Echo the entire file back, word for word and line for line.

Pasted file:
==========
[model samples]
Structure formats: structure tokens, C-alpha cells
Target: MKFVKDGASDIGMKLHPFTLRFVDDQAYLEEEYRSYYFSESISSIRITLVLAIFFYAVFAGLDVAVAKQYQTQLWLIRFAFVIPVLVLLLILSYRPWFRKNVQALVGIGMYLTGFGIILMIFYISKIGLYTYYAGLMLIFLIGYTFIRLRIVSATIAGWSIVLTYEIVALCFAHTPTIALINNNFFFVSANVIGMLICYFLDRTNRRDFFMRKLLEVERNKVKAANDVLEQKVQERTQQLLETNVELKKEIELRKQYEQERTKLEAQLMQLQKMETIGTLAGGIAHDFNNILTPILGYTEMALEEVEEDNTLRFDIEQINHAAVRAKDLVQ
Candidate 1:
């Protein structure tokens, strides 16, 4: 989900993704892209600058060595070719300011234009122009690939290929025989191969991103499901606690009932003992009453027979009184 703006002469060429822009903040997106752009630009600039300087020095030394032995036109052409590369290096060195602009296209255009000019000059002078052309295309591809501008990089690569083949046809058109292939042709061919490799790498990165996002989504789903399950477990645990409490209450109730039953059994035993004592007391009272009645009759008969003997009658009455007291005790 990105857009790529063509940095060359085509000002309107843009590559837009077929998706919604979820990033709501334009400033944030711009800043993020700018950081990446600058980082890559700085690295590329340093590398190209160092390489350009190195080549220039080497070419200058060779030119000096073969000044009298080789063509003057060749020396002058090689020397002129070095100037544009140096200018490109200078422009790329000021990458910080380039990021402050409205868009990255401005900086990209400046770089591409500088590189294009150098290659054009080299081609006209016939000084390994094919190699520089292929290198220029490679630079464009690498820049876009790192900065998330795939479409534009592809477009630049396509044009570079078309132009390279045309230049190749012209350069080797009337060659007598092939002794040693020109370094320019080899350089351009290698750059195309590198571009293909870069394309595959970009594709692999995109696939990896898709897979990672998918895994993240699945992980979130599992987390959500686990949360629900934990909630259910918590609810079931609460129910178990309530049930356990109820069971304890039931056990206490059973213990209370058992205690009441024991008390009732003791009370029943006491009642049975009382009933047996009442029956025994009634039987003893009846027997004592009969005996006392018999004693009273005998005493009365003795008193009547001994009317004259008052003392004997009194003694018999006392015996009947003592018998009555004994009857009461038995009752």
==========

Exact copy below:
[model samples]
Structure formats: structure tokens, C-alpha cells
Target: MKFVKDGASDIGMKLHPFTLRFVDDQAYLEEEYRSYYFSESISSIRITLVLAIFFYAVFAGLDVAVAKQYQTQLWLIRFAFVIPVLVLLLILSYRPWFRKNVQALVGIGMYLTGFGIILMIFYISKIGLYTYYAGLMLIFLIGYTFIRLRIVSATIAGWSIVLTYEIVALCFAHTPTIALINNNFFFVSANVIGMLICYFLDRTNRRDFFMRKLLEVERNKVKAANDVLEQKVQERTQQLLETNVELKKEIELRKQYEQERTKLEAQLMQLQKMETIGTLAGGIAHDFNNILTPILGYTEMALEEVEEDNTLRFDIEQINHAAVRAKDLVQ
Candidate 1:
């Protein structure tokens, strides 16, 4: 989900993704892209600058060595070719300011234009122009690939290929025989191969991103499901606690009932003992009453027979009184 703006002469060429822009903040997106752009630009600039300087020095030394032995036109052409590369290096060195602009296209255009000019000059002078052309295309591809501008990089690569083949046809058109292939042709061919490799790498990165996002989504789903399950477990645990409490209450109730039953059994035993004592007391009272009645009759008969003997009658009455007291005790 990105857009790529063509940095060359085509000002309107843009590559837009077929998706919604979820990033709501334009400033944030711009800043993020700018950081990446600058980082890559700085690295590329340093590398190209160092390489350009190195080549220039080497070419200058060779030119000096073969000044009298080789063509003057060749020396002058090689020397002129070095100037544009140096200018490109200078422009790329000021990458910080380039990021402050409205868009990255401005900086990209400046770089591409500088590189294009150098290659054009080299081609006209016939000084390994094919190699520089292929290198220029490679630079464009690498820049876009790192900065998330795939479409534009592809477009630049396509044009570079078309132009390279045309230049190749012209350069080797009337060659007598092939002794040693020109370094320019080899350089351009290698750059195309590198571009293909870069394309595959970009594709692999995109696939990896898709897979990672998918895994993240699945992980979130599992987390959500686990949360629900934990909630259910918590609810079931609460129910178990309530049930356990109820069971304890039931056990206490059973213990209370058992205690009441024991008390009732003791009370029943006491009642049975009382009933047996009442029956025994009634039987003893009846027997004592009969005996006392018999004693009273005998005493009365003795008193009547001994009317004259008052003392004997009194003694018999006392015996009947003592018998009555004994009857009461038995009752």